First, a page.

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Dagestan: the Geopolitical Importance of Russia’s Southernmost Republic

Posted on the 29 May 2012 by Window On Heartland @WindowHeartland
Dagestan: the geopolitical importance of Russia’s southernmost republicOn Friday evening, Russian security forces clashed with separatist militias in the North Caucasus republic of Dagestan, leaving four service members and five militants killed, while several others were injured. According to the Itar-Tass news agency, the clash happened during a police operation in a forest between Chernyayevka and Ukrainsky in the district of Kizlyar. As explained by the National Counter Terrorism Committee spokesman Nikolai Sintsov, “the militants opened fire with a machine gun and sub-machine guns when the police tried to block them in a dugout.” Militants in the region continue to carry out attacks against security forces, police and civilians, more than a decade after the second Chechen war finished.
The importance of Russia’s southernmost republic for the stability of the federation has been recently stressed by Russian Prime Minister Vladimir Putin. “Dagestan is the largest republic of the Northern Caucasus and needs special attention,” said Putin on Monday at a discussion on ethnic issues in the North Caucasian spa town of Kislovodsk. “For centuries, the southern regions of our country have been inhabited by courageous, brave and strong-willed people. Each nationality possesses its own language, culture, unique traditions, wonderful interesting customs, but all of them have two things in common: the Motherland Russia and a centuries-old, very controversial, however, but a great history,” the Russian Prime Minister added, warning that if the peoples of the country are separated, “Russia will become helpless dependent and vulnerable.”
The geopolitical importance of Dagestan relies on both its geographical location and its ethnic composition. The largest among the North Caucasian republics, Dagestan is located on the Western coast of the Caspian Sea and hosts some of the facilities of the Caspian Flotilla, which has grown in importance after the collapse of the Soviet Union as a result of international tensions with Iran and the increasing role of Caspian oil and gas in the international trade of hydrocarbons. On the other hand, the republic is inhabited by several dozens of ethnic groups. According to the 2010 Census, Avars, Dargins, Tabasarans, Lezgins and other North Caucasian peoples make up almost 75% of the population of Dagestan, while the remaining part is made up of Turkic peoples, Kumyks, Nogais, Azeris and Russians, these last ones representing the 4% of the total population.                                                                                                              GEOGRAPHICAL LOCATION OF DAGESTAN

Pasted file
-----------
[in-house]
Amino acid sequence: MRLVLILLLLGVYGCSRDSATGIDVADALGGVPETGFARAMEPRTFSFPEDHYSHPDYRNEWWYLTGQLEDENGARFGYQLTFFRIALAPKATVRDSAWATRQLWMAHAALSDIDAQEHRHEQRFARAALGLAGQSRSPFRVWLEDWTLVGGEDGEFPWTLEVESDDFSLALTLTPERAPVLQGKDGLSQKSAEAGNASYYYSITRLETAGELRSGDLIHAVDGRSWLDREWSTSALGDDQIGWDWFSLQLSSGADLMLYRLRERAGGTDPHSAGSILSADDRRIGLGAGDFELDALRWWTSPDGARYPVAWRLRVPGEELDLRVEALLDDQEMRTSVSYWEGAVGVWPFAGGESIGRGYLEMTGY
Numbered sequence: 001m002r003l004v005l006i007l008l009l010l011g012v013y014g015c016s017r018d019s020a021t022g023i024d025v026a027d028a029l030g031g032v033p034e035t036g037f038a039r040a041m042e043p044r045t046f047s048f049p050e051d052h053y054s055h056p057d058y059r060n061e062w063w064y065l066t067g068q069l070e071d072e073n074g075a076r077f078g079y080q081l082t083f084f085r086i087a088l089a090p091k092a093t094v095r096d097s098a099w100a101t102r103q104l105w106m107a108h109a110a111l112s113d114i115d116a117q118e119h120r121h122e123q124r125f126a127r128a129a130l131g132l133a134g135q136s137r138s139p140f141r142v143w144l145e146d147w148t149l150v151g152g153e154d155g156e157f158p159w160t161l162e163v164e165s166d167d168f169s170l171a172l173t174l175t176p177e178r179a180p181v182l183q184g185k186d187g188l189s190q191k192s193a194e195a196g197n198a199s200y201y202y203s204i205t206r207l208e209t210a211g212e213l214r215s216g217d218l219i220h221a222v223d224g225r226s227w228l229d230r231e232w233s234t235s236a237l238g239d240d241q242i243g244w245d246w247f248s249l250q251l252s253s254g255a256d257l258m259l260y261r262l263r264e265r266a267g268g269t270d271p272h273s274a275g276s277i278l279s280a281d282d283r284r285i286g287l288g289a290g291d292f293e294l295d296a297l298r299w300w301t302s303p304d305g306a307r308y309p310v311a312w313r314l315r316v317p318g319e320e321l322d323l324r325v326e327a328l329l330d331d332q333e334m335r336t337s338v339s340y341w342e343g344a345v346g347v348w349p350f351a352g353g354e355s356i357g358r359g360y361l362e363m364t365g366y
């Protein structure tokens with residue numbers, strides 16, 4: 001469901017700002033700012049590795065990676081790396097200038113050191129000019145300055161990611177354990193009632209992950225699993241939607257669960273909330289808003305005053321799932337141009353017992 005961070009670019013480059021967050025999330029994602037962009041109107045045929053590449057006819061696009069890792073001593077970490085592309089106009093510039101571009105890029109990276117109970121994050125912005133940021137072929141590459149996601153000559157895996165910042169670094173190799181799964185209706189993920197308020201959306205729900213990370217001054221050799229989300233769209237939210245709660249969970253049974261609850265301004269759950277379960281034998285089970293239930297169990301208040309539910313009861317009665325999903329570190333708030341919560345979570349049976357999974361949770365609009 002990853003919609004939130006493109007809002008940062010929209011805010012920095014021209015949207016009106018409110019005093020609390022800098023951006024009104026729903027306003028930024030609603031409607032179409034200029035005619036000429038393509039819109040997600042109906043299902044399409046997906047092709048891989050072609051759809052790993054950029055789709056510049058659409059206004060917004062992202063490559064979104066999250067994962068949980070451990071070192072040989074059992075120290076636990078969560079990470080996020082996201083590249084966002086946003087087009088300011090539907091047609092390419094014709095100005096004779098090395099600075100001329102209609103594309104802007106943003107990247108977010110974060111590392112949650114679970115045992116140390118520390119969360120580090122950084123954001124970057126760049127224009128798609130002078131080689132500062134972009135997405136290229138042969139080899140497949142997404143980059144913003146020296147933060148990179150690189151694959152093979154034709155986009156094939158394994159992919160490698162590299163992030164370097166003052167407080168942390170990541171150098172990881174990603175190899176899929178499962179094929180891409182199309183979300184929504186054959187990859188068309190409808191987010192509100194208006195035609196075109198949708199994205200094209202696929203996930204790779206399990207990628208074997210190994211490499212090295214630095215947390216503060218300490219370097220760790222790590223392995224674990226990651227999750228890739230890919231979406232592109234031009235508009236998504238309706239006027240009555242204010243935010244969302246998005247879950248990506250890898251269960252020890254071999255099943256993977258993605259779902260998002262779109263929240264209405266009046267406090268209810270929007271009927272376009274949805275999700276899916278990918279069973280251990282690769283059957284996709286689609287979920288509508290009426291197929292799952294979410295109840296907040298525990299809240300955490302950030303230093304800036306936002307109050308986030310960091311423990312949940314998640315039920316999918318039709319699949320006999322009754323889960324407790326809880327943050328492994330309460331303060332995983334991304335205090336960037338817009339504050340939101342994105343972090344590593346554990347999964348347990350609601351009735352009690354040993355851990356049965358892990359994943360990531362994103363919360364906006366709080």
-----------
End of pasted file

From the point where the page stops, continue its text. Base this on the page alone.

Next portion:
Dagestan: the geopolitical importance of Russia’s southernmost republicThe only factor uniting these peoples is Islam. Dagestanis are largely Sunni Muslims, with a Shia minority (primarily made of the Azeris) on the Caspian coast. Nevertheless, the conflict in Dagestan is not between Sunni and Shia, but between Sufism and Salafism. Jamaat Shariat, officially the Islamic Jamaat of Dagestan “Shariat,” is the largest Islamist militant organization in the republic.
The group, created during the Second Chechen War in favour of Dagestan’s independence as an Islamic state, is still closely associated with the separatist conflicts in Chechnya and Ingushetia, and is also known to have members and bases in Azerbaijan. Aimed at establishing a “fair society” based on sharia law, the Jamaat considers it legitimate to target police and security officials, and even some civilians such as the government-loyalist Muslim clergy and clerics of the Russian Orthodox Church, claiming to be prepared for a long-term guerrilla war of attrition that may be broadened to encompass the whole of the Russian Federation, including Moscow and St. Petersburg.
Beyond the claims of the group, an escalation of the conflict in Dagestan would actually produce  effects on a national scale. The loss of Russian control over the territory as a consequence of a successful separatist war would in fact trigger a domino effect, awakening aspirations for independence not only in the North Caucasian republics of Chechnya, Ingushetia, Kabardino-Balkaria and North Ossetia-Alania, already the scene of clashes between armed gangs and security forces, but even in republics such Tatarstan and Bashkortostan, which relations with Moscow have been peaceful so far. It is therefore no exaggeration to say that Dagestan, with its three million people, is the most important test for a Russia that is always more determined to regain control over its “Near Abroad,” but whose own largeness is its first challenge, yesterday and today.

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